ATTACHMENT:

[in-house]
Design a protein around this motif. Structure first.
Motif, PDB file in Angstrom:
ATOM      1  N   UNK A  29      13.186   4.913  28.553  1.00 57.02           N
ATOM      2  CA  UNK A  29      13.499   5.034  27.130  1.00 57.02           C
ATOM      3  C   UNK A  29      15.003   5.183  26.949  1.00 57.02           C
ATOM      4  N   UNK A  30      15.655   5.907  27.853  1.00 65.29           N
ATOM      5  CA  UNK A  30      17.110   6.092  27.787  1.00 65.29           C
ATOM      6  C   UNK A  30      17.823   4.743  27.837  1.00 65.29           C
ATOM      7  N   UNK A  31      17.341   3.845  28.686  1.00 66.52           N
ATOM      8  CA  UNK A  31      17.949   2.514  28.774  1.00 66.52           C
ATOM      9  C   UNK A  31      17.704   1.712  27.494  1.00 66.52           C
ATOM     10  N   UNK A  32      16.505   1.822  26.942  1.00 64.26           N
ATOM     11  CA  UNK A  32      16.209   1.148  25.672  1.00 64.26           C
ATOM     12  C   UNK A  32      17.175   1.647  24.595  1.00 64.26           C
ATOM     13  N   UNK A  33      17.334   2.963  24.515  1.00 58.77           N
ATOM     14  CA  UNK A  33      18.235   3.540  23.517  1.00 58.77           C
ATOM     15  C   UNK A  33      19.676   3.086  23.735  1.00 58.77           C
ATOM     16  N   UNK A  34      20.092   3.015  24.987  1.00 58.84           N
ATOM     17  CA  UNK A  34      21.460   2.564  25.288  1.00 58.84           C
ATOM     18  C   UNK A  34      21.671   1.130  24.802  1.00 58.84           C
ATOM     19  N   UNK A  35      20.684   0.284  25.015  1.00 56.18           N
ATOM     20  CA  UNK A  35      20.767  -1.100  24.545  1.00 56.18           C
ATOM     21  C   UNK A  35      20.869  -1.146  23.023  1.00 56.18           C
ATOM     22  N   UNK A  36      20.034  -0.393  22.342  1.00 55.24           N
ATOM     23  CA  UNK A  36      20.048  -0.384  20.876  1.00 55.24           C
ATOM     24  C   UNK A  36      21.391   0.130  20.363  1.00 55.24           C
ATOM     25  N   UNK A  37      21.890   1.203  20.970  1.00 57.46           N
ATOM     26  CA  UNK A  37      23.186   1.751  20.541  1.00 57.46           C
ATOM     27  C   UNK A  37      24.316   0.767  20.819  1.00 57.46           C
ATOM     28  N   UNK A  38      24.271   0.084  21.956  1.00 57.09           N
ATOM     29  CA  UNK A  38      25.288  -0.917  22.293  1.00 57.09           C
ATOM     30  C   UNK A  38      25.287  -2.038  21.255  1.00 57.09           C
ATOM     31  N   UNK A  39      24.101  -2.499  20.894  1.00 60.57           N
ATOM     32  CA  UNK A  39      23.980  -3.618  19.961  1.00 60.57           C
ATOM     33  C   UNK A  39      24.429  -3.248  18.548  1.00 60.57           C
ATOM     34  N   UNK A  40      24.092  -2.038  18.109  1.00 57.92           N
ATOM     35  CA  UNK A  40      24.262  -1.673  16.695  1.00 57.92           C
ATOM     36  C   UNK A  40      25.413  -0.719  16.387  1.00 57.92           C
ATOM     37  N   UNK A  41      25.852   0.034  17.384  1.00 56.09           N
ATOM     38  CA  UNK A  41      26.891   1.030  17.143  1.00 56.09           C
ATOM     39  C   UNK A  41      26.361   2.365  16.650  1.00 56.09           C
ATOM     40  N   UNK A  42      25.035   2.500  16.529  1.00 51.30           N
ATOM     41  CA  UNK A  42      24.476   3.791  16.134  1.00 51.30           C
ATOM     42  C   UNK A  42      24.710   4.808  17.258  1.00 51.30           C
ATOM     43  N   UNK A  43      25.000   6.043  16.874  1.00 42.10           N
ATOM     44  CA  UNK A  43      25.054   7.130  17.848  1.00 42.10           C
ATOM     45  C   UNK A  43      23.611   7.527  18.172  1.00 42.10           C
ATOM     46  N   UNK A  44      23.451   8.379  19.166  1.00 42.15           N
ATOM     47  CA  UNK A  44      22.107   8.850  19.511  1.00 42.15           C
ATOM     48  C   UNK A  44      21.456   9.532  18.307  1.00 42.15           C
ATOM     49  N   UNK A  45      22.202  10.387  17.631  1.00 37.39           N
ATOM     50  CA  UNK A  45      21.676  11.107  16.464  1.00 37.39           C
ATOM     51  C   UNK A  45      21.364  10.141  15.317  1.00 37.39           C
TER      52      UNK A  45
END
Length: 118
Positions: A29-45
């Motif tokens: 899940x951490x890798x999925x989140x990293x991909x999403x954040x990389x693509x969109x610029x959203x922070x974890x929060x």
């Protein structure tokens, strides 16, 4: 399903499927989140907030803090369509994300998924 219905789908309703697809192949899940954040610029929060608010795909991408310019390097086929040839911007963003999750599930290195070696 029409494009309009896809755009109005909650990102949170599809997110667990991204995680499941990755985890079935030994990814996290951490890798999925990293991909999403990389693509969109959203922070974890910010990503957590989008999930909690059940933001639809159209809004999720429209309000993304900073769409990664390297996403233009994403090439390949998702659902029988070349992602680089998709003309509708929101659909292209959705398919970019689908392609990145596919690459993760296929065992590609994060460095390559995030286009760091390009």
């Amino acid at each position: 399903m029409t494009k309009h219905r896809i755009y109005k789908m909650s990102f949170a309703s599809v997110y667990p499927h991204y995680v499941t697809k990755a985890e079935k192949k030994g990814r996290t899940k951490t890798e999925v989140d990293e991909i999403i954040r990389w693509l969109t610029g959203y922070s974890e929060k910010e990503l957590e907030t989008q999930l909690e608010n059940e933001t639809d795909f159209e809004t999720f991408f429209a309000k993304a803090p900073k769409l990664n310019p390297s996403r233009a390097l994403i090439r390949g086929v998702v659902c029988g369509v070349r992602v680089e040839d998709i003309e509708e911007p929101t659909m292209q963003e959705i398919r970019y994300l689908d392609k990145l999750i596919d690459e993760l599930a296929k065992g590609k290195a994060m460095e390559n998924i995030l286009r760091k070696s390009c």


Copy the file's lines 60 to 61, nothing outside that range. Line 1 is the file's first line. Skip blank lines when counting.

């Protein structure tokens, strides 16, 4: 399903499927989140907030803090369509994300998924 219905789908309703697809192949899940954040610029929060608010795909991408310019390097086929040839911007963003999750599930290195070696 029409494009309009896809755009109005909650990102949170599809997110667990991204995680499941990755985890079935030994990814996290951490890798999925990293991909999403990389693509969109959203922070974890910010990503957590989008999930909690059940933001639809159209809004999720429209309000993304900073769409990664390297996403233009994403090439390949998702659902029988070349992602680089998709003309509708929101659909292209959705398919970019689908392609990145596919690459993760296929065992590609994060460095390559995030286009760091390009």
């Amino acid at each position: 399903m029409t494009k309009h219905r896809i755009y109005k789908m909650s990102f949170a309703s599809v997110y667990p499927h991204y995680v499941t697809k990755a985890e079935k192949k030994g990814r996290t899940k951490t890798e999925v989140d990293e991909i999403i954040r990389w693509l969109t610029g959203y922070s974890e929060k910010e990503l957590e907030t989008q999930l909690e608010n059940e933001t639809d795909f159209e809004t999720f991408f429209a309000k993304a803090p900073k769409l990664n310019p390297s996403r233009a390097l994403i090439r390949g086929v998702v659902c029988g369509v070349r992602v680089e040839d998709i003309e509708e911007p929101t659909m292209q963003e959705i398919r970019y994300l689908d392609k990145l999750i596919d690459e993760l599930a296929k065992g590609k290195a994060m460095e390559n998924i995030l286009r760091k070696s390009c």